“Every club has their superstars or whatever but a lot of players miss out on the accolades when you’re on the team,” Jackson said via phone from Australia. “It’s funny, in 2010 when we made the championship run, (Wright) hurt her knee right before we went into the playoffs. I thought it was worse than it was and went home and said, ‘There goes the championship,’ because she’s that crucial to our success. I get tingles thinking about it. I have a lot of respect for her and Camille.”

Little, a 6-2 forward, secured a starting position in 2009 when Jackson suffered a stress fracture in her lower back. Last season, with Jackson competing in the Olympic Games and returning injured, Little started every game and averaged a career high in scoring (11.3) and 5.1 rebounds.

Also in the post rotation to help with rebounding and scoring are Thompson and rookie Tianna Hawkins, a 6-3 forward. Second-year wing Shekinna Stricklen is expected to join 28-year-old Quinn in providing offense outside and by slashing to the hoop for buckets or drawing fouls.

“It’s not a lack of respect at all,” Wright said of being overlooked. “What (Temeka) needed to give for her team to be successful wasn’t everything that she’s capable of doing. And that’s for all of us.

“For years (Camille and I) have been the people that do the little things. Now this year it may be a little bit different. But when you see these types of players go overseas, we’re much more valuable to our teams and expected to do a lot more. In a sense, it’s a lot of respect for players like us because we are able to give what the team needs and adjust. Without players like us, teams aren’t as successful. Point-blank, period.”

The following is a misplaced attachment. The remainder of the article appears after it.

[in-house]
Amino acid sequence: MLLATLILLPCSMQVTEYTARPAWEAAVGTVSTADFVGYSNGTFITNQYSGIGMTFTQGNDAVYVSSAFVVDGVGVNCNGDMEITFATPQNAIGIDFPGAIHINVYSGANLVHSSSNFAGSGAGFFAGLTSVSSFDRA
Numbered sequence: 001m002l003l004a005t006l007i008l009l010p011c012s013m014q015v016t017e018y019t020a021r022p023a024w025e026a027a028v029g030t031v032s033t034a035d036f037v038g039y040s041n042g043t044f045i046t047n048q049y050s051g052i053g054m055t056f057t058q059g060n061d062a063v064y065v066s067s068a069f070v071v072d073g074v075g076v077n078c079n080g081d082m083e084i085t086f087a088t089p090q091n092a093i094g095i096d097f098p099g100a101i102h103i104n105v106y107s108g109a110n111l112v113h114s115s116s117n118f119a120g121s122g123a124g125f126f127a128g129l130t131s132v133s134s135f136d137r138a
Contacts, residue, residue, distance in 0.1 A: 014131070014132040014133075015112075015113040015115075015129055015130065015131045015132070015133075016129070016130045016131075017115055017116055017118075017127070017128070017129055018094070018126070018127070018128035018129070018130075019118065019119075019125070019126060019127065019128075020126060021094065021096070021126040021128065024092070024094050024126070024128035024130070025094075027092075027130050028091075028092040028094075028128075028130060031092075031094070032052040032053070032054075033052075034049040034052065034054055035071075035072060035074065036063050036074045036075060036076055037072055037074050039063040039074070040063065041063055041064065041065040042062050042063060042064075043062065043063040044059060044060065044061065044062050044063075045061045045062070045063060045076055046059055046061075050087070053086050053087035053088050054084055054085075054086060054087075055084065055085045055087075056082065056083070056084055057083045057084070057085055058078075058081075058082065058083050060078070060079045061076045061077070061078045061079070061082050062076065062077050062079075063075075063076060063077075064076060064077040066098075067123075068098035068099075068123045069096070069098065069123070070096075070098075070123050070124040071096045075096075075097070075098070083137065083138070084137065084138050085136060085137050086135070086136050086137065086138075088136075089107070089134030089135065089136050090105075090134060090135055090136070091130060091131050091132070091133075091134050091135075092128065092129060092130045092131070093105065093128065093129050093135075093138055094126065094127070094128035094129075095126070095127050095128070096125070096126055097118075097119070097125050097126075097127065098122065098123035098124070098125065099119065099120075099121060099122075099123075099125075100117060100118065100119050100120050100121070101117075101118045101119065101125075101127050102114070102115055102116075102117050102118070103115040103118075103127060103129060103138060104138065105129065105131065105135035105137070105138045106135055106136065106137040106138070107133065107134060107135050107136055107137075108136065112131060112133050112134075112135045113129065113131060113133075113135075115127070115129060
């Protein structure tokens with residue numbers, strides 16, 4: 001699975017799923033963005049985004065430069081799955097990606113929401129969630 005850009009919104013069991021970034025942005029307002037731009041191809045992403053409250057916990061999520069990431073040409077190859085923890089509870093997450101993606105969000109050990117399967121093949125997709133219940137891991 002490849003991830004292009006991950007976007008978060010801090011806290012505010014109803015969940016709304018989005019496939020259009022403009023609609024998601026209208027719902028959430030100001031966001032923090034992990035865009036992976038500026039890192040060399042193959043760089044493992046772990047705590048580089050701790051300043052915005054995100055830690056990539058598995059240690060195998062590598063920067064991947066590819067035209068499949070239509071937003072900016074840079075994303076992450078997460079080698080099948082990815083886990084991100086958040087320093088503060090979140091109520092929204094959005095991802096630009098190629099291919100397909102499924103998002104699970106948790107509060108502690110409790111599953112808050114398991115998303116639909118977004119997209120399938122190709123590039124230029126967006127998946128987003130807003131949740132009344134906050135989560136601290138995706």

But what will define success for the Storm this season given all the changes?

The franchise has made a WNBA-record nine consecutive playoff appearances, winning two championships. If Seattle doesn’t make the playoffs this season, is that failure? Even with Jackson and Bird, the Storm has lost in the opening round seven of those nine postseason trips.

Agler, who was hired in 2008, had a lot of work to do this offseason, trying to put together a roster without Bird and Jackson.

“In the past, I think some players have come and they’ve struggled because they don’t necessarily play the way we play,” said Little, a trade pickup by Agler in 2008. “This year Brian did a really good job of bringing in tough-mined, defensive-minded players. Nakia, Temeka and Noe bring defense and they bring leadership. They’ve already shown us that as opponents.”

Jackson, a three-time league MVP, had her contract suspended to not count against the team’s salary cap or 11-player roster limit. Bird will finish rehabilitating with the Storm this summer and counts as the team’s 11th player.

True, it’s another obstacle to have a 10-player rotation. But handling perceived shortcomings is what this roster is all about.

“Although we’re different, this team isn’t completely depleted,” Thompson said. “The competitive personality of the team is still there. When you have that, anything can happen.”

Jayda Evans: 206-464-2067 or

On Twitter @JaydaEvans